From garden to pantry…

Go to the ant, you sluggard;
consider its ways and be wise!
It has no commander,
no overseer or ruler,
yet it stores its provisions in summer
and gathers its food at harvest.”  – Proverbs 6:6-8, NIV



So much of life on a homestead is made up of seasonal plans and tasks, and many of those tasks affect other goings-on later in the year.  When snow is piled high in drifts and piercing winds whip through our peaceful valley, I pore over seed catalogs, my eyes and tastebuds hungry for vivid colors and sun-ripened flavors, dreaming of frostless soil and the luminous green of tender, new spring leaves.
When red-winged blackbirds arrive with their distinctive call, the earliest seedlings emerge from freshly-turned earth, and red-breasted robins bob and skip for worms that follow the spring rains, I am already anticipating the summer days ahead.  I dream of warmth-loving peppers, squash and cucumbers, lightning bugs, whippoorwill calls and sultry summer nights, good for catfishing, whispered dreams and stolen kisses on the riverbank with the love of my life.

Preserved goodness!

Preserved goodness!

Now summer has wrapped us in her long, lazy days, and dappled fawns frolic along the hems of verdant-skirted cornfields.  The season has graced us with chicory blossoms, fledgeling bluebirds, crimson-streaked sunsets, and small-batch ice cream from our favorite local creamery.   Our annual Old Settler’s celebration and jaunts to county and state fairs are soon approaching; the garden is in full flourish with treats on every vine, and it is time – even now – to consider autumn.  It is time to remember frost, to contemplate the change of seasons that draws a bit nearer with each humid night, as the stars that now shine close enough to touch move slightly further out of reach along their timeless celestial paths.

And so, as the rhythms of summer march steadily onward with trellises shrouded in cucumber-laden vines, pepper plants heavy with sun-warmed fruit, and raised beds offering the last of late cabbages, it is time to harvest and prepare, to preserve and tuck away our bounty for the cooler months ahead.

So far this season I have – in preservation parlance – “put up” several pints of chow chow, pickles and peppers, with much more to do.  Hopefully our tomatoes will continue their recovery from septoria leaf spot and yield some good salsas, pastes and sauces in due time.  In the mean time, here are some recipes I have followed this season, as well as some I intend to use in the very near future…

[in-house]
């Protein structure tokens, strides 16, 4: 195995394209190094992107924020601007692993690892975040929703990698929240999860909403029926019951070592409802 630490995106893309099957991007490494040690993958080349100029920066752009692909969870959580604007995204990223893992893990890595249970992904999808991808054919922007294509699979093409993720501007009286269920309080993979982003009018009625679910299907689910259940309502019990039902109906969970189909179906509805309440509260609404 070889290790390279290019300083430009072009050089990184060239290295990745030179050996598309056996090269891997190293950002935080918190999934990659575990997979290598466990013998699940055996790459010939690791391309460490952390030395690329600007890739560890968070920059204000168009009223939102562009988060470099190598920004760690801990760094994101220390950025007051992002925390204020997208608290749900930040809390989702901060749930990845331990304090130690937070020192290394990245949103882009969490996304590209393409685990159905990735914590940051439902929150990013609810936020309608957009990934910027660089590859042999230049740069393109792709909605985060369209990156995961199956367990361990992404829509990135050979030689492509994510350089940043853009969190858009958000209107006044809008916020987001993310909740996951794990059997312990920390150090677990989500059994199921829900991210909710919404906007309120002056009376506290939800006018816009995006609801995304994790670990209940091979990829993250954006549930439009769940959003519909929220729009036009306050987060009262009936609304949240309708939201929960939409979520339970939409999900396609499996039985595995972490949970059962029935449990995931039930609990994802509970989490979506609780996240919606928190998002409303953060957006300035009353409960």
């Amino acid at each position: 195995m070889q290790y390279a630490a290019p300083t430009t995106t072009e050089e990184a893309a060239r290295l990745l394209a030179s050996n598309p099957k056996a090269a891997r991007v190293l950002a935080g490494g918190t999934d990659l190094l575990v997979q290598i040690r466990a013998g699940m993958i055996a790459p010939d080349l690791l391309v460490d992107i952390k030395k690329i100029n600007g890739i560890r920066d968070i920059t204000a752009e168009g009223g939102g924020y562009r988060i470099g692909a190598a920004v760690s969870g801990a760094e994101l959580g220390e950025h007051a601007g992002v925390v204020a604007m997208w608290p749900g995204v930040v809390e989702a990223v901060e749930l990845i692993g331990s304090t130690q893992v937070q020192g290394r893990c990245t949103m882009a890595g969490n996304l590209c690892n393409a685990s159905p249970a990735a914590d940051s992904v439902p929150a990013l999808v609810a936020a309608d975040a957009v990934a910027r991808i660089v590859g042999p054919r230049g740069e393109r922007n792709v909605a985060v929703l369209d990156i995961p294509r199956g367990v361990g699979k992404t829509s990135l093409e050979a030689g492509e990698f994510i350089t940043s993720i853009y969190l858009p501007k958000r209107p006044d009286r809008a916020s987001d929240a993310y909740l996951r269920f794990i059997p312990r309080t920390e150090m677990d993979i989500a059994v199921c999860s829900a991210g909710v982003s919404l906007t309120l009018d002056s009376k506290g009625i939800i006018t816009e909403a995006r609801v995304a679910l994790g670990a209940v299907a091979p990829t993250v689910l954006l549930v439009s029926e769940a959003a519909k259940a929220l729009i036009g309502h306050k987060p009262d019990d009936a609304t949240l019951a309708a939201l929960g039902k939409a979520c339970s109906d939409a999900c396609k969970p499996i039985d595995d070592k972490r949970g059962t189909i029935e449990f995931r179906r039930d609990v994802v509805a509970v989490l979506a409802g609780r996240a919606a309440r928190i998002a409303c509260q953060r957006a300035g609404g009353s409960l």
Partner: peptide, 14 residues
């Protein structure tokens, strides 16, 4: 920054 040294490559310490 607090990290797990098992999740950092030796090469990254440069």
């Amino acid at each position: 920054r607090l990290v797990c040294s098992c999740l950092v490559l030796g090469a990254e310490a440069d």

Crunchy Dill Pickles – adapted from Simply Canning

  • 8 lbs of 3-4 inch pickling cucumbers
  • 2 gals water
  • 1 1/4 cups canning or pickling salt
  • 1 1/2 qts vinegar (5 percent)
  • 1/4 cup sugar
  • 2 quarts water
  • 2 T whole mixed pickling spice
  • whole mustard seed (2 tsp to 1 tsp per pint jar)
  • garlic cloves, 1-2 per pint jar
  • grape leaves, 1 per pint jar
  • fresh dill (1 1/2 heads per pint jar) or 4 1/2 T dill seed (1 1/2 tsp per pint jar)Wash your cucumbers and thinly slice off the blossom end. (the blossoms have an enzyme that will make your pickles soft)Add 3/4 cup salt dissolved in 2 gallons water. Soak cucumbers in water for 12 hours. Drain and get your canning supplies together.Gather your canning supplies
    • water bath canner
    • canning jars
    • canning seals and rings
    • jar lifter
    • canning funnel
    • large pot
    • bowls
    • large spoons
    • sharp knife
    • towels and dish cloths
    • Pot or kettle for the brine
    • ladle

    Get the water in your canner heating while you prepare your pickles.

    Combine vinegar, 1/2 cup salt, sugar, and 2 quarts of water. Place pickling spices in a cheesecloth and place in your vinegar brine. Heat to boiling.

    Fill jars with drained cucumbers. Add:

    • 1 tsp mustard seed and
    • 1 head fresh dill or 1 tsp dill seed per pint.
    • 1 grape leaf per pint.

    Fill jars with hot pickling brine. Leave a 1/2 inch head space.

    Altitude – processing time:

    0-1000 ft – 10 minutes

    1000-6000 ft – 15 minutes

    over 6000 ft – 20 minutes

    Cabbage Chow Chow (Relish)

  • Ingredients:2 quarts shredded cabbage (about one medium head).
    1 cup sweet onions chopped fine
    1/2 cup chopped green or red bell peppers (optional)
    2 Tablespoons saltCombine chopped vegetables and sprinkle with salt. Let stand 4 to 6 hours in the refrigerator. Drain well.Combine the following ingredients and simmer 10 minutes. Use a pot large enough to put the vegetable mix in later.2 cups vinegar
    1 1/2 cups sugar
    2 teaspoons dry mustard
    1 teaspoon turmeric
    1/2 teaspoon ground ginger
    2 teaspoons celery seeds
    2 teaspoons mustard seedAdd vegetables to vinegar-sugar-spice mixture and simmer another 10 minutes. Bring to a boil. Then pack, boiling hot, into clean, heated canning jars, leaving  1/2 inch head space. Place canning lids and rings on jars and tighten.    Process 10 minutes (adjust according to altitude).
Category: Kitchen
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